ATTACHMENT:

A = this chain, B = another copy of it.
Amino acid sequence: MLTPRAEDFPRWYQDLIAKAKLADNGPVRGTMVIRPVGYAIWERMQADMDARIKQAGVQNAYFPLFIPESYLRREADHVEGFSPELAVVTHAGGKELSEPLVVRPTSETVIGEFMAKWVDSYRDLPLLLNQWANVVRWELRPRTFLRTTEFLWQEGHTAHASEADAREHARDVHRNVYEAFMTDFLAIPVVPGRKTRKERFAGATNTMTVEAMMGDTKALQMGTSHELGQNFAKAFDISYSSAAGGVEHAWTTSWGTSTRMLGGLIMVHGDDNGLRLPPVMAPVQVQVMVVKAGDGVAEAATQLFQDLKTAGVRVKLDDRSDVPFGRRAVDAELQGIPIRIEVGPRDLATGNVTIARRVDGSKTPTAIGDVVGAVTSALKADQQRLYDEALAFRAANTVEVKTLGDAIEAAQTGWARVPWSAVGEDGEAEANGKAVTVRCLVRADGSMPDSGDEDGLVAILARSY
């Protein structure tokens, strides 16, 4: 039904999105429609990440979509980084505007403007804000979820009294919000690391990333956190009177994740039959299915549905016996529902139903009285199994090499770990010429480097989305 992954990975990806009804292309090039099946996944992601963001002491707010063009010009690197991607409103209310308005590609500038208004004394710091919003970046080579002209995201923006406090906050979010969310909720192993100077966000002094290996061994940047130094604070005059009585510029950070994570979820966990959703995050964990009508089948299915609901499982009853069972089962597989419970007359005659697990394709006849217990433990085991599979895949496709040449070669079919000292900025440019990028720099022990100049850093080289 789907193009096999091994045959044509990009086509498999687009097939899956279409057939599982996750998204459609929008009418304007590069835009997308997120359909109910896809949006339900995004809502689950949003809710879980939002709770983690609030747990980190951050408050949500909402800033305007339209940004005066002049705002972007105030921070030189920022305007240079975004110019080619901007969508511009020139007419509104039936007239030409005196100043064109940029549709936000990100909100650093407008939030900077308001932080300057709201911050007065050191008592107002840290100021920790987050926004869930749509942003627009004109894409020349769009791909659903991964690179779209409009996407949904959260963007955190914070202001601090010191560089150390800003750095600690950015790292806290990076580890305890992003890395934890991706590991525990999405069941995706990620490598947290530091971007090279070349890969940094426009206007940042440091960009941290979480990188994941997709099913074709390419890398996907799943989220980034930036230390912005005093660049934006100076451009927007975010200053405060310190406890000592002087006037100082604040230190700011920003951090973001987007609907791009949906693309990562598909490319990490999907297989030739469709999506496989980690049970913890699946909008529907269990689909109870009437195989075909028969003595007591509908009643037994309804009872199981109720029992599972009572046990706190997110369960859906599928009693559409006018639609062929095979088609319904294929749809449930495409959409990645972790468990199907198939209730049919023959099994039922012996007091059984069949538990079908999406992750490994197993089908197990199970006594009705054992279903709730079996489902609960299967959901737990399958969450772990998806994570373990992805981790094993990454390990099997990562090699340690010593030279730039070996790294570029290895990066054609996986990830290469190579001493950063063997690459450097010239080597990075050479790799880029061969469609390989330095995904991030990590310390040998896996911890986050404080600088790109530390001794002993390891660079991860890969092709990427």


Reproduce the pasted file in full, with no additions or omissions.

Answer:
A = this chain, B = another copy of it.
Amino acid sequence: MLTPRAEDFPRWYQDLIAKAKLADNGPVRGTMVIRPVGYAIWERMQADMDARIKQAGVQNAYFPLFIPESYLRREADHVEGFSPELAVVTHAGGKELSEPLVVRPTSETVIGEFMAKWVDSYRDLPLLLNQWANVVRWELRPRTFLRTTEFLWQEGHTAHASEADAREHARDVHRNVYEAFMTDFLAIPVVPGRKTRKERFAGATNTMTVEAMMGDTKALQMGTSHELGQNFAKAFDISYSSAAGGVEHAWTTSWGTSTRMLGGLIMVHGDDNGLRLPPVMAPVQVQVMVVKAGDGVAEAATQLFQDLKTAGVRVKLDDRSDVPFGRRAVDAELQGIPIRIEVGPRDLATGNVTIARRVDGSKTPTAIGDVVGAVTSALKADQQRLYDEALAFRAANTVEVKTLGDAIEAAQTGWARVPWSAVGEDGEAEANGKAVTVRCLVRADGSMPDSGDEDGLVAILARSY
């Protein structure tokens, strides 16, 4: 039904999105429609990440979509980084505007403007804000979820009294919000690391990333956190009177994740039959299915549905016996529902139903009285199994090499770990010429480097989305 992954990975990806009804292309090039099946996944992601963001002491707010063009010009690197991607409103209310308005590609500038208004004394710091919003970046080579002209995201923006406090906050979010969310909720192993100077966000002094290996061994940047130094604070005059009585510029950070994570979820966990959703995050964990009508089948299915609901499982009853069972089962597989419970007359005659697990394709006849217990433990085991599979895949496709040449070669079919000292900025440019990028720099022990100049850093080289 789907193009096999091994045959044509990009086509498999687009097939899956279409057939599982996750998204459609929008009418304007590069835009997308997120359909109910896809949006339900995004809502689950949003809710879980939002709770983690609030747990980190951050408050949500909402800033305007339209940004005066002049705002972007105030921070030189920022305007240079975004110019080619901007969508511009020139007419509104039936007239030409005196100043064109940029549709936000990100909100650093407008939030900077308001932080300057709201911050007065050191008592107002840290100021920790987050926004869930749509942003627009004109894409020349769009791909659903991964690179779209409009996407949904959260963007955190914070202001601090010191560089150390800003750095600690950015790292806290990076580890305890992003890395934890991706590991525990999405069941995706990620490598947290530091971007090279070349890969940094426009206007940042440091960009941290979480990188994941997709099913074709390419890398996907799943989220980034930036230390912005005093660049934006100076451009927007975010200053405060310190406890000592002087006037100082604040230190700011920003951090973001987007609907791009949906693309990562598909490319990490999907297989030739469709999506496989980690049970913890699946909008529907269990689909109870009437195989075909028969003595007591509908009643037994309804009872199981109720029992599972009572046990706190997110369960859906599928009693559409006018639609062929095979088609319904294929749809449930495409959409990645972790468990199907198939209730049919023959099994039922012996007091059984069949538990079908999406992750490994197993089908197990199970006594009705054992279903709730079996489902609960299967959901737990399958969450772990998806994570373990992805981790094993990454390990099997990562090699340690010593030279730039070996790294570029290895990066054609996986990830290469190579001493950063063997690459450097010239080597990075050479790799880029061969469609390989330095995904991030990590310390040998896996911890986050404080600088790109530390001794002993390891660079991860890969092709990427």